Concrete Utopia, a post-apocalyptic disaster thriller from Um Tae-hwa, is a film almost singularly uninterested in subtlety. It hits plenty of familiar beats from Lord of the Flies to Parasite, but between Lee Byung-hun’s outstanding performance, immaculate production design, and a free-wheeling sense of humor, Concrete Utopia finds a spot near the top of the recent social satire films.


Co-written by Um and Lee Shin-ji, Concrete Utopia takes place in Imperial Palace Apartments, the last apartment block standing after a massive earthquake devastates Seoul, and maybe the whole world—certainly, help is not forthcoming. That it also happens in a record cold winter is double bad news, without power, shelter is the only means of protection from the elements.

Min-sung (Park Seo-joon, lately of The Marvels but also Parasite) and Myeong-hwa (Park Bo-young, Strong Girl Bong-soon) are a young husband and wife who have only recently bought an apartment in the building. They are lucky to not only survive the earthquake, but also have a home to retreat to as people begin freezing in the ruin of the city. Min-sung is unsure of what to do in this new world, but Myeong-hwa, a nurse, remains compassionate, especially to the newly homeless. They take in a mother and her young son, only to have the pair forcibly ejected from their apartment as paranoia and a hoarding mentality overtakes the “residents” of the building.


It's easy to judge Myeong-hwa as naïve, especially as she has not been outside the building since the earthquake and Min-sung has, she doesn’t really know what the state of the world is. Min-sung is trying to adjust to a new reality, while Myeong-hwa appears to be clinging to remnants of an old order that is no longer useful. But really, Concrete Utopia is NIMBY-ism writ large, a worst-case scenario for what happens when we define ourselves by our address and stop seeing our neighbors, especially the less fortunate, as people. Survivors from a neighboring, more luxurious apartment block are scorned the way the residents of Imperial Palace were once scorned for not living in as hip a building. In these specific circumstances, Myeong-hwa might be naïve, but within the larger social satire framework, she is one of the only characters operating from a place of humanity. As everyone else devolves into tribalism, she remains kind and compassionate.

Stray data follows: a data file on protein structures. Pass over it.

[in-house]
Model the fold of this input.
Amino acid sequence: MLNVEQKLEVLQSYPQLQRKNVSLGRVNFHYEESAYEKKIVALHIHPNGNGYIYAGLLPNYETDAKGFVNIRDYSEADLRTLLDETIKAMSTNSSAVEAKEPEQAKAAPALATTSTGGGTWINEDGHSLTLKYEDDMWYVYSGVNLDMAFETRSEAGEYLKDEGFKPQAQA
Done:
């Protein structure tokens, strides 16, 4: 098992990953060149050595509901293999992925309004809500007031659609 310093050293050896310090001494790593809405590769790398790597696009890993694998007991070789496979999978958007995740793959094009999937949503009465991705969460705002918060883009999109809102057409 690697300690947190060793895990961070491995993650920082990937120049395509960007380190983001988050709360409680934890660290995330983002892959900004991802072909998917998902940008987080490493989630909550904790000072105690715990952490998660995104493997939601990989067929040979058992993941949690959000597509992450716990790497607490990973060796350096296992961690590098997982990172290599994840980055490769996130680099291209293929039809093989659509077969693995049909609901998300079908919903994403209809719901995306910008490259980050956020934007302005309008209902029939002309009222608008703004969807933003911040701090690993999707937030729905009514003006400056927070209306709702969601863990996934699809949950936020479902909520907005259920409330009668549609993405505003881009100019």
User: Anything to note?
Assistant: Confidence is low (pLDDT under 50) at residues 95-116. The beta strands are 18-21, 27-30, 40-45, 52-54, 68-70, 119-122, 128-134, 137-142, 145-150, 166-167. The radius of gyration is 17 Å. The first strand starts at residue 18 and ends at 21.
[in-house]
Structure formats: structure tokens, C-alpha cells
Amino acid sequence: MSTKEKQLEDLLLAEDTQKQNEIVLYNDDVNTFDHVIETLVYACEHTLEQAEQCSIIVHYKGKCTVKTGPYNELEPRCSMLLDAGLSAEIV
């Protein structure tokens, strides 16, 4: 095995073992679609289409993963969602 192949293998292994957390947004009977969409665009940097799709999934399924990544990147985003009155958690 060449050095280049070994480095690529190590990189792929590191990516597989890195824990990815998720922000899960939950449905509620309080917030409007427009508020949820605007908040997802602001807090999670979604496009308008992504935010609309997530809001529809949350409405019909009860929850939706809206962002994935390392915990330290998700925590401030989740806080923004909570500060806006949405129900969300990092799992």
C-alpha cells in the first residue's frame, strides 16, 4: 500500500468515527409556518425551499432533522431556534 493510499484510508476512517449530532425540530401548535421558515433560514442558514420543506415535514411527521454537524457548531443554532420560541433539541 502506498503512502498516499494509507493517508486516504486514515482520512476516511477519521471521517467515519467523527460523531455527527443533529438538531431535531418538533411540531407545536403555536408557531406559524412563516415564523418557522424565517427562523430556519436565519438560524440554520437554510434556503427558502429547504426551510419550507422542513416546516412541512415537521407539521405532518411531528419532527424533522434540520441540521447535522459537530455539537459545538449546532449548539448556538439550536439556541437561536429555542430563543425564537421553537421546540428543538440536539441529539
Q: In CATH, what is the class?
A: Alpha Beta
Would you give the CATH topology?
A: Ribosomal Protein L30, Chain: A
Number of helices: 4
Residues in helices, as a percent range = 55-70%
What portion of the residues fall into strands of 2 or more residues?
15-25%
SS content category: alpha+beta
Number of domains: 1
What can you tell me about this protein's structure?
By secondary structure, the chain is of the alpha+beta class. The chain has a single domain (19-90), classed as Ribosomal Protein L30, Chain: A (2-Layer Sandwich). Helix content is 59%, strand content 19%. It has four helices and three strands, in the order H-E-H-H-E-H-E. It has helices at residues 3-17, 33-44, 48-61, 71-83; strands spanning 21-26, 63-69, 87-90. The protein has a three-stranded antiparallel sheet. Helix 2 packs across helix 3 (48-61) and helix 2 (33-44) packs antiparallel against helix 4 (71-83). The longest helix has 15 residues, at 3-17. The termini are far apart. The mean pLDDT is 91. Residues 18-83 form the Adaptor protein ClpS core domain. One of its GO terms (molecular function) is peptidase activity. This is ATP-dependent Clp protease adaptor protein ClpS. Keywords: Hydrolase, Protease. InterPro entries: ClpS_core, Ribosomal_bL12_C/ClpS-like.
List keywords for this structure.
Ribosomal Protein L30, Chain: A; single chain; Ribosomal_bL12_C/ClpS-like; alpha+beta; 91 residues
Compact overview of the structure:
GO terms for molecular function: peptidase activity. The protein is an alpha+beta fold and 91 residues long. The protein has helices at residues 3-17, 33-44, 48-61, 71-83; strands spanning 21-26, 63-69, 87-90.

But the real star of Concrete Utopia is Lee Byung-hun (Squid Game, Mr. Sunshine, The Magnificent 7’s Billy Rocks) as the mysterious “Mr. Delegate”, the man chosen to lead the residents of Imperial Palace in this new world. He is fanatical, enforcing the rules of the apartments with increasing fervor, even as his own reality begins to crumble. This is a showcase for Lee, as versatile an actor as you can ask for, and here he gets to do a little bit of everything, from comedy to drama to action to what I can only call “tragic karaoke”. He gives a spectacular performance, embodying the worst of both the old world and the new, a man who, once given a single square inch to call his own, becomes the worst sort of NIMBY, turning on people struggling just as he so recently did. 


The film’s message is clear but never bogged down, it speeds through its 129-minute runtime. Powered by Lee Byung-hun’s performance and truly outstanding production design—the raised hand motif only becomes more horrifying throughout the film—Concrete Utopia finds its own niche in the recent spate of social satire thrillers, including several that have come from South Korea in recent years. The natural comparison is Parasite, but it has stronger shades of Train to Busan and The Walking Dead, layered over a cautionary tale about what happens when we place too much importance on our address and not enough on our humanity. Concrete Utopia is a mix of familiar genres and tropes, but mixed with Lee Byung-hun and Um Tae-hwa’s confident direction, it makes for a hell of an entertaining film.

Concrete Utopia is now playing exclusively in theaters.